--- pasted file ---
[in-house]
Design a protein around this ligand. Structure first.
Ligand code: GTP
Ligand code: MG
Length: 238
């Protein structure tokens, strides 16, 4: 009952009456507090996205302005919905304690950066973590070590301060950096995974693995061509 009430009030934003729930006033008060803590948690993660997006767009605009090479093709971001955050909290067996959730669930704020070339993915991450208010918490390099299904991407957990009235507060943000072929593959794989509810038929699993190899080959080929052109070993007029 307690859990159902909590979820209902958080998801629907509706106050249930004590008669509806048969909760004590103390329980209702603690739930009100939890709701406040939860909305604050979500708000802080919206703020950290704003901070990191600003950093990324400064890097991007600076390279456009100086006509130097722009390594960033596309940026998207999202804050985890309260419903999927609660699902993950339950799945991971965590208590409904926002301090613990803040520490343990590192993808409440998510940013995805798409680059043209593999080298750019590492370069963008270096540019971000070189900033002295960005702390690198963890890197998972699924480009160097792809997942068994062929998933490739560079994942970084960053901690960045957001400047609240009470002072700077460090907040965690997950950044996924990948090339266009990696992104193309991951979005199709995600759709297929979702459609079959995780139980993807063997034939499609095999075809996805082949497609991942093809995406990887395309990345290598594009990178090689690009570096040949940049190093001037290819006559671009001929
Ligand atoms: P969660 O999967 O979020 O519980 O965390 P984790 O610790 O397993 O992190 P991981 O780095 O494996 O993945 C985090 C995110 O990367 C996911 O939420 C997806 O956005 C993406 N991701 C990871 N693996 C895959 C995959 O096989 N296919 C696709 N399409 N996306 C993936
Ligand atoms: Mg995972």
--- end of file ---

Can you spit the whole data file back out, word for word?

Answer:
[in-house]
Design a protein around this ligand. Structure first.
Ligand code: GTP
Ligand code: MG
Length: 238
């Protein structure tokens, strides 16, 4: 009952009456507090996205302005919905304690950066973590070590301060950096995974693995061509 009430009030934003729930006033008060803590948690993660997006767009605009090479093709971001955050909290067996959730669930704020070339993915991450208010918490390099299904991407957990009235507060943000072929593959794989509810038929699993190899080959080929052109070993007029 307690859990159902909590979820209902958080998801629907509706106050249930004590008669509806048969909760004590103390329980209702603690739930009100939890709701406040939860909305604050979500708000802080919206703020950290704003901070990191600003950093990324400064890097991007600076390279456009100086006509130097722009390594960033596309940026998207999202804050985890309260419903999927609660699902993950339950799945991971965590208590409904926002301090613990803040520490343990590192993808409440998510940013995805798409680059043209593999080298750019590492370069963008270096540019971000070189900033002295960005702390690198963890890197998972699924480009160097792809997942068994062929998933490739560079994942970084960053901690960045957001400047609240009470002072700077460090907040965690997950950044996924990948090339266009990696992104193309991951979005199709995600759709297929979702459609079959995780139980993807063997034939499609095999075809996805082949497609991942093809995406990887395309990345290598594009990178090689690009570096040949940049190093001037290819006559671009001929
Ligand atoms: P969660 O999967 O979020 O519980 O965390 P984790 O610790 O397993 O992190 P991981 O780095 O494996 O993945 C985090 C995110 O990367 C996911 O939420 C997806 O956005 C993406 N991701 C990871 N693996 C895959 C995959 O096989 N296919 C696709 N399409 N996306 C993936
Ligand atoms: Mg995972």